You could see what was going to happen next before it actually did.

As the car glided into the center lane without slowing down, it rammed into the Caltrans sign, jolting the large, steel carriage backwards and nearly into the oncoming, west-bound traffic.

Still, the road warrior wasn’t done.

Mad Max veered out of the center lane and back into the eastbound left lane, where a tree service vehicle was driving unsuspectingly.

They plowed into the back of the truck, which pulled over immediately, with the car hooked onto the trailer hitch like a fish.

I pulled over but kept a safe distance, not knowing what kind of state the driver was in. I half expected them to jump out and start running down the street, maybe even ping pong off some more cars.

I saw that the driver of the tree service truck had exited his vehicle to see what was up with the road warrior. I got out of my car and jogged towards them.

We found a middle-aged woman conscious in the drivers seat, her airbag deployed. Her eyes were a little glassy. She wasn’t all there.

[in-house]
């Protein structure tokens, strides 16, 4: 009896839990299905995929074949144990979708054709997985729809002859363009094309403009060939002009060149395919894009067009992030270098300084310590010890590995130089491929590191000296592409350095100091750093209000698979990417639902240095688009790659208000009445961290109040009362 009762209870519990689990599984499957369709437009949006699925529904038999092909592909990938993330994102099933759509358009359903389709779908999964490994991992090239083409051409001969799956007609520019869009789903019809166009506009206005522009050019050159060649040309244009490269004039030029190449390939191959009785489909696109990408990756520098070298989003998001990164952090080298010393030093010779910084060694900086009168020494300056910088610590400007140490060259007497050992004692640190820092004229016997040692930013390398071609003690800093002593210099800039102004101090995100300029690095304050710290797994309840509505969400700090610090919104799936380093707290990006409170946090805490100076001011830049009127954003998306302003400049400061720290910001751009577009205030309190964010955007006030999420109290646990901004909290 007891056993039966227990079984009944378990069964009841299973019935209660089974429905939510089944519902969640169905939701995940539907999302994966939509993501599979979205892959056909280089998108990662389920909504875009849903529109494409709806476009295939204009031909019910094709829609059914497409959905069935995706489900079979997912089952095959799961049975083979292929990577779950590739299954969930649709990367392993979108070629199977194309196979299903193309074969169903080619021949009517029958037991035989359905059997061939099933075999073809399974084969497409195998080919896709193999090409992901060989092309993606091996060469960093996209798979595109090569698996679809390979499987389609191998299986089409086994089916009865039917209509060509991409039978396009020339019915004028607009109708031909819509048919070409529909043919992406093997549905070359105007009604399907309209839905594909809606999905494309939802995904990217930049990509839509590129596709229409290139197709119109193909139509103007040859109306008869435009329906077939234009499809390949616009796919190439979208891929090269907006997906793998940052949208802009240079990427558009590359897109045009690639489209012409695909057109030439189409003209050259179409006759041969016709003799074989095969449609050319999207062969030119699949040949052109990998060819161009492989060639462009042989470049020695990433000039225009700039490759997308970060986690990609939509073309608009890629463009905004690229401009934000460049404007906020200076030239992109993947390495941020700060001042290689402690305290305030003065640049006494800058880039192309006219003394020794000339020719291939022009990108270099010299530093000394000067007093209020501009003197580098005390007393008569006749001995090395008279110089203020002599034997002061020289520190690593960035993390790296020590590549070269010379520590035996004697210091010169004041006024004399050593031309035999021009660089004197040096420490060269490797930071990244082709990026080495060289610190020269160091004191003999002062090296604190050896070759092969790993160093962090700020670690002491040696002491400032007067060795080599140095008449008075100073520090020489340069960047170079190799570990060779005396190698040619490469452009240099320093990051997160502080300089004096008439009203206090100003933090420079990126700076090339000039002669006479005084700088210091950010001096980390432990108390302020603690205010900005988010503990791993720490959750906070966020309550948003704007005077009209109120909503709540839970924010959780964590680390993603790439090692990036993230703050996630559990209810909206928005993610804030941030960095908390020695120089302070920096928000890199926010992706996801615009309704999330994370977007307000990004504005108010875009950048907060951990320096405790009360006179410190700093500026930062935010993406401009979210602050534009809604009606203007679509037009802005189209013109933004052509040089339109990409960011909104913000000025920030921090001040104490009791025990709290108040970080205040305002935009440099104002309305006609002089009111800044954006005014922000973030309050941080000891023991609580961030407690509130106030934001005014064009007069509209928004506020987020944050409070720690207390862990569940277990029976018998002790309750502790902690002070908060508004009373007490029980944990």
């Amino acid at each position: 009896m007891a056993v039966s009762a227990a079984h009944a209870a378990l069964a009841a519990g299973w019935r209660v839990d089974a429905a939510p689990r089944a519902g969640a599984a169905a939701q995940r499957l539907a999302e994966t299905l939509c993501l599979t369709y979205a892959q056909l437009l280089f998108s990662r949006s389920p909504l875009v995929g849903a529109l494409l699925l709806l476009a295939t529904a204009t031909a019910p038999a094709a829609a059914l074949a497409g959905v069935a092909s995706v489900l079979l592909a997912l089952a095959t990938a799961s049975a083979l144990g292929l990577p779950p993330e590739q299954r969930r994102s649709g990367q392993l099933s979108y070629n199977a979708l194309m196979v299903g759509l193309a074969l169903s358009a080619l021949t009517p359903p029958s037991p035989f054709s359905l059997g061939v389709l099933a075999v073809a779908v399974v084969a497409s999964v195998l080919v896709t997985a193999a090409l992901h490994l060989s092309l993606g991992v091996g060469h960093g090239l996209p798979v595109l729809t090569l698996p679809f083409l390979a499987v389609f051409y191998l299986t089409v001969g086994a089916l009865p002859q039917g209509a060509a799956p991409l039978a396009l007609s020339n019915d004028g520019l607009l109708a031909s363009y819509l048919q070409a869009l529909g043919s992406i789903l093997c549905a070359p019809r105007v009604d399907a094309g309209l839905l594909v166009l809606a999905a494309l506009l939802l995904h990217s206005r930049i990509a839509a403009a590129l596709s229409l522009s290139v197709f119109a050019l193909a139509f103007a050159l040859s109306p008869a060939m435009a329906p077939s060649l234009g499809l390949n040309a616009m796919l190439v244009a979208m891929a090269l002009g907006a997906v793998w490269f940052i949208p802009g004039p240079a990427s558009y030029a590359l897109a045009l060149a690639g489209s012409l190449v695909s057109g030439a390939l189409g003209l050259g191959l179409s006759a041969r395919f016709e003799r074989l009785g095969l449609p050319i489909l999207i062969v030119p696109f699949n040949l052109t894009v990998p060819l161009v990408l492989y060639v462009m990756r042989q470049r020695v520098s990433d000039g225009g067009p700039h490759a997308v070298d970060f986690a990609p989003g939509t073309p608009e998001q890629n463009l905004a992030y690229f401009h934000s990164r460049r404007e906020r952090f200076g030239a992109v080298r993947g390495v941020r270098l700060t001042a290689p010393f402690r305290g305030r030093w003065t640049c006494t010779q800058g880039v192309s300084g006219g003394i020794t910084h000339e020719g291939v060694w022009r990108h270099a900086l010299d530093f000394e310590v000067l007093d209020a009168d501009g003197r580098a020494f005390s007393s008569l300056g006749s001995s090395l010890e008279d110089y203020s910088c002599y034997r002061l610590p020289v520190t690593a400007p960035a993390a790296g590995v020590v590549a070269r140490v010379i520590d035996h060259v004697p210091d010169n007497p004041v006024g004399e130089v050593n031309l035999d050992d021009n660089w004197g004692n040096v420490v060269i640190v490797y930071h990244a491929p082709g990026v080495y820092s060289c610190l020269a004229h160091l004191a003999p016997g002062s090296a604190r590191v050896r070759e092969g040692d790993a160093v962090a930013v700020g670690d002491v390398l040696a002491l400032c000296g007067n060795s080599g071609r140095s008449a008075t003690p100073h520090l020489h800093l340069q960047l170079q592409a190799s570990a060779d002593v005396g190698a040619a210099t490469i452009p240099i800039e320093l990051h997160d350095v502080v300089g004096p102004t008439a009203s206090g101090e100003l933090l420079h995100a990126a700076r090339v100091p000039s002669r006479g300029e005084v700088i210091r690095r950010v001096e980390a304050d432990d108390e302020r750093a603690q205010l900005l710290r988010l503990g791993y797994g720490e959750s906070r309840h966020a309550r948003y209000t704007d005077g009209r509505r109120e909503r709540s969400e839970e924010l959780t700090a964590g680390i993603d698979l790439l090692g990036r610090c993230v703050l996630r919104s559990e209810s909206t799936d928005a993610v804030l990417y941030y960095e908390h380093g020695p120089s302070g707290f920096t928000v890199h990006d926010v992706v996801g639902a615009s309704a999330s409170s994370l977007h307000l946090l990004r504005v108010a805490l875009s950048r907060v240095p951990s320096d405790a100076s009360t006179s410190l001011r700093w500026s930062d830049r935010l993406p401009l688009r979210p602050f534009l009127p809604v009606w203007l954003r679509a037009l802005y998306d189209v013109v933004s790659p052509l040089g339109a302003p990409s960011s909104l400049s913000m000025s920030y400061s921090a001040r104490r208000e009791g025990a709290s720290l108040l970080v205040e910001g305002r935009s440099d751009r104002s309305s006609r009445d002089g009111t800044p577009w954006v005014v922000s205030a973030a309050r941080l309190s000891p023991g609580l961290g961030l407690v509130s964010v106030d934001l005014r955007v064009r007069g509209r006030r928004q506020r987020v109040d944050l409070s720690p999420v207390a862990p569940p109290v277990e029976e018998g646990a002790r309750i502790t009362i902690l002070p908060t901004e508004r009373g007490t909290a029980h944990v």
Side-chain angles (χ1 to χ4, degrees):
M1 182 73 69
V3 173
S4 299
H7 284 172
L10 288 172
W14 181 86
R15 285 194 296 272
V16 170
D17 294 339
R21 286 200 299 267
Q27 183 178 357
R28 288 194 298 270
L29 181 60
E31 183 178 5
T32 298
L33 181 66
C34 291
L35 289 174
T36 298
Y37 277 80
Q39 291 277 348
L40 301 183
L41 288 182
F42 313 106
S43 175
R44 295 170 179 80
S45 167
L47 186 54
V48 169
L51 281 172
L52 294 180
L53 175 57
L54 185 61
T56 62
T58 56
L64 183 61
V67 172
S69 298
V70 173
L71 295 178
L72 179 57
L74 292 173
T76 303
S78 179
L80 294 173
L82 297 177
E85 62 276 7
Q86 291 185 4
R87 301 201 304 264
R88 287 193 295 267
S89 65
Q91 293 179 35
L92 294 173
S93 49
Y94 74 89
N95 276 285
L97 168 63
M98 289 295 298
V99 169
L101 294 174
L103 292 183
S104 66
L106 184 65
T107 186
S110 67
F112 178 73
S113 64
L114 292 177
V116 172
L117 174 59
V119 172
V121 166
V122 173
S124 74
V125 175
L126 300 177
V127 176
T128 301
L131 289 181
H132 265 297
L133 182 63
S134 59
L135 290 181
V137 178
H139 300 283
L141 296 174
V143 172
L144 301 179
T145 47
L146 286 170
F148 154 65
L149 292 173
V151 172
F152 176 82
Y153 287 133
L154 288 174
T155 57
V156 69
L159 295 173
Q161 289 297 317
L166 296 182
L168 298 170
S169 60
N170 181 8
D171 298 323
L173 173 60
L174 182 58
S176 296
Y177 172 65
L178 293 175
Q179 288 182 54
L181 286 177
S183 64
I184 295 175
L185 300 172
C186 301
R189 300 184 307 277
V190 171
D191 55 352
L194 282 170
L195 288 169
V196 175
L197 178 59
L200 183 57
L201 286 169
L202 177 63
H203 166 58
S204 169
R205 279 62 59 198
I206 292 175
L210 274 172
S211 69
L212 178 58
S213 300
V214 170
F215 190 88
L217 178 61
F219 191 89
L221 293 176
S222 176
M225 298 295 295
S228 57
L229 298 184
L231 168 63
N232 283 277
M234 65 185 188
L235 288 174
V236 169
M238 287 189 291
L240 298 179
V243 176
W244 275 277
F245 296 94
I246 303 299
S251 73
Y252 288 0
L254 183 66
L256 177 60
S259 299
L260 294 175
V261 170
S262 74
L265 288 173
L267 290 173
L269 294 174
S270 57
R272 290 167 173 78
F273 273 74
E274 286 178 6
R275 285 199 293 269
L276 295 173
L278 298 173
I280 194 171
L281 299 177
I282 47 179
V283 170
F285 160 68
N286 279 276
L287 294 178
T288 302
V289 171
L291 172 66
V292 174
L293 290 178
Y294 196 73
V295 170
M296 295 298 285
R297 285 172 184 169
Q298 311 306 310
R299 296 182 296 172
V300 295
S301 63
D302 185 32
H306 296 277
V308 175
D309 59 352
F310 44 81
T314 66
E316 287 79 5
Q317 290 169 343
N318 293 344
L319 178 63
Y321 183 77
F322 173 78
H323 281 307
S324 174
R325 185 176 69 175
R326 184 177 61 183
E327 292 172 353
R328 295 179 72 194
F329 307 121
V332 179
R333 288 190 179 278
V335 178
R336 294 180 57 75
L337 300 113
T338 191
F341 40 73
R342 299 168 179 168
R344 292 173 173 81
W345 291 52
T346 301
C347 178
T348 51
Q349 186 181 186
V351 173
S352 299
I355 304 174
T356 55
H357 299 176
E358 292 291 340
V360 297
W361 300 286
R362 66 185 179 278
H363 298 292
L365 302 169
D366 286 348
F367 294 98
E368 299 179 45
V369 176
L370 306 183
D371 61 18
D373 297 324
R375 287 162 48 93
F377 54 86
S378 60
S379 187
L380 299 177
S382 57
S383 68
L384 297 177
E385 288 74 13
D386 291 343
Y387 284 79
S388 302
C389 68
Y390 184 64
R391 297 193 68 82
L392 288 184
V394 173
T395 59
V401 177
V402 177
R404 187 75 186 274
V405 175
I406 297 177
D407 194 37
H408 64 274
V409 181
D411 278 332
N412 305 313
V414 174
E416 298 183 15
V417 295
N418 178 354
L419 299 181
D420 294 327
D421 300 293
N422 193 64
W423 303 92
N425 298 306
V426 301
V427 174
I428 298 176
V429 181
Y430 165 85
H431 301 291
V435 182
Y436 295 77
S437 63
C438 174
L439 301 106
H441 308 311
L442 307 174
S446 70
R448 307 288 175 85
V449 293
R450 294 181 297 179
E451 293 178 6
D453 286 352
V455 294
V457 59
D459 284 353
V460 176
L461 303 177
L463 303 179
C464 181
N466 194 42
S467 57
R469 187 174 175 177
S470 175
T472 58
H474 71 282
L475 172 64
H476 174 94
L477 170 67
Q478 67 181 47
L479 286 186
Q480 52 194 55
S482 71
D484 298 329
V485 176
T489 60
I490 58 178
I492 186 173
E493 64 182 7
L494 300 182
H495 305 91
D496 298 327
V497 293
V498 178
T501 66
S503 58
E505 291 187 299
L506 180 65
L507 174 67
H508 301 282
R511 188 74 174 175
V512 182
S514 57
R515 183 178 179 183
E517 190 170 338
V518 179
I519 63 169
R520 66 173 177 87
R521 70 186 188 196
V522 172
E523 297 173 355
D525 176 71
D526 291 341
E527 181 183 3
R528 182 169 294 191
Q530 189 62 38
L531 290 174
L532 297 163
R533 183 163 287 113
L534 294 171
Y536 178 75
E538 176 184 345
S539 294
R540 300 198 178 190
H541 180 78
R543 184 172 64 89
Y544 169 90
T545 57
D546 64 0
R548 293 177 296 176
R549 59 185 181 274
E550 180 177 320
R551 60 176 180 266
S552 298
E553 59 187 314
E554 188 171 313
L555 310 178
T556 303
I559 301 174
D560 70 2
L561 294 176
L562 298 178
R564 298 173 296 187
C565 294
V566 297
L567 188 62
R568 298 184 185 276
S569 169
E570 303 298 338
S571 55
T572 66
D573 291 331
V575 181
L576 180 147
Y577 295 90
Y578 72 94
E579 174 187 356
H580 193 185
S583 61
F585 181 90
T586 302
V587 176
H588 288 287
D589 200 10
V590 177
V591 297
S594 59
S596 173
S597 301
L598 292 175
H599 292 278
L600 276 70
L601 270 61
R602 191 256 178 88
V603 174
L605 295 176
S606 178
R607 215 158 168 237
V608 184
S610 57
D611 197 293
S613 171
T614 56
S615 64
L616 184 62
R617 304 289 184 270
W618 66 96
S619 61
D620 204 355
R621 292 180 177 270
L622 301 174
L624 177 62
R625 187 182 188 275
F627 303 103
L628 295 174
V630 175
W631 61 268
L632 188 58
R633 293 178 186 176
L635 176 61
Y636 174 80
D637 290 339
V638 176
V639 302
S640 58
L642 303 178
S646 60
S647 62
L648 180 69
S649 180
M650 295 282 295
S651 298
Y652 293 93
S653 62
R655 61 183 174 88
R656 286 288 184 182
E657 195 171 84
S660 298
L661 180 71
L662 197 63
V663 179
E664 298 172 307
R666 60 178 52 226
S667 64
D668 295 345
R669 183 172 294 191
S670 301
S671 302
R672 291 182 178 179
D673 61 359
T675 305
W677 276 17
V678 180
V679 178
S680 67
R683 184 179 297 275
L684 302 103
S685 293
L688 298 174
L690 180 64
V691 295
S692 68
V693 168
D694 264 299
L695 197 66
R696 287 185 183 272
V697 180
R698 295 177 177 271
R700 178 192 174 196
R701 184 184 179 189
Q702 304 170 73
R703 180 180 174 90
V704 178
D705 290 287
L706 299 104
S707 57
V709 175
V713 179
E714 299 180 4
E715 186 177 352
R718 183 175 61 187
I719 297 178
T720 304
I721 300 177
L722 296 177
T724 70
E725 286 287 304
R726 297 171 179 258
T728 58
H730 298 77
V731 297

I ran back to my car and grabbed my cell phone to call 911.

Just then the white pickup I had noticed parked illegally on Trancas drove past me and pulled up right behind the woman’s car.

I approached the pickup driver, whose name was Steve, after I got off the phone with the 911 operator. I had noticed him talking to the woman and offering her some food.

Steve told me he had spotted her further back on Trancas driving erratically, even hopping some sidewalks.

He had pulled over near the Big 5 Sporting Goods and gotten out of his truck to see he could help her while she waited for the red light at Jefferson.

But before he could do anything, the light changed and she took off, rampaging into me, the Caltrans sign, and the tree service truck.

She didn’t seem injured, according to Steve. He ventured to guess she was experiencing low blood sugar, which was why he gave her something to eat.

Napa Police arrived and took over the situation. They checked on the woman, and collected information from me and the tree service guy.

As things calmed down, I walked around to the back of my car to assess the damage.

I was surprised to find modest damage to my bumper. I had expected much worse after getting hit twice.

The surprisingly condition of my car reminded me of when it was stolen on Aug. 25 of last year in San Francisco. After it was in the hands of a meth junkie for three days, I expected my Honda to be trashed, if not wrecked.

But other than some wrappers and garbage on the seats and floor, my car back then was fine. The most memorable thing I found inside it was a reddish orange hair extension occupying my drivers seat.

“First, it gets hair extensions, and now this,” echoed my boss’ voice.

My car has a way of getting into trouble, but also escaping serious harm.

I’d prefer it stop getting into trouble altogether.